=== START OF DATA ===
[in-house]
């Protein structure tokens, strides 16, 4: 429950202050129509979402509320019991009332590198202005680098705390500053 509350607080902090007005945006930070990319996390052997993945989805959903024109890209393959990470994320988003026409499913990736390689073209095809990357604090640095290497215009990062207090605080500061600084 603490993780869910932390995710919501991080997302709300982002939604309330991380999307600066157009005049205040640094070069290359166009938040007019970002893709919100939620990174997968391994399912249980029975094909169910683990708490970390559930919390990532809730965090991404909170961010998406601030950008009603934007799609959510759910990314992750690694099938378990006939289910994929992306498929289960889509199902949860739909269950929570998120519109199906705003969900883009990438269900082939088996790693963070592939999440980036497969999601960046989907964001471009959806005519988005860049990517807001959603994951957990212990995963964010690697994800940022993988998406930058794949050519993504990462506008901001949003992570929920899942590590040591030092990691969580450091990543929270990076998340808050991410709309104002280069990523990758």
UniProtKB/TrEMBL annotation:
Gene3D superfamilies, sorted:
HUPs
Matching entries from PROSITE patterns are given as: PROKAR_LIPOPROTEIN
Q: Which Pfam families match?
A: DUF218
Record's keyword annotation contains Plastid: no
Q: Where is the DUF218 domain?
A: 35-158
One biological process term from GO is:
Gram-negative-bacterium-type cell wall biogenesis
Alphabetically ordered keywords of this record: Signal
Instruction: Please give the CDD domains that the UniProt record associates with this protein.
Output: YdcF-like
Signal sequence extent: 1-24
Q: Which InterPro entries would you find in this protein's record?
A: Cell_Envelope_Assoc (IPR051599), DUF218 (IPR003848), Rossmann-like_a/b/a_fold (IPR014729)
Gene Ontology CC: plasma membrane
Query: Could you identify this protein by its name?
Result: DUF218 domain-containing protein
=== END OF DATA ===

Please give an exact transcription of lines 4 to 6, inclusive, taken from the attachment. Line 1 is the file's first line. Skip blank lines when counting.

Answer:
Gene3D superfamilies, sorted:
HUPs
Matching entries from PROSITE patterns are given as: PROKAR_LIPOPROTEIN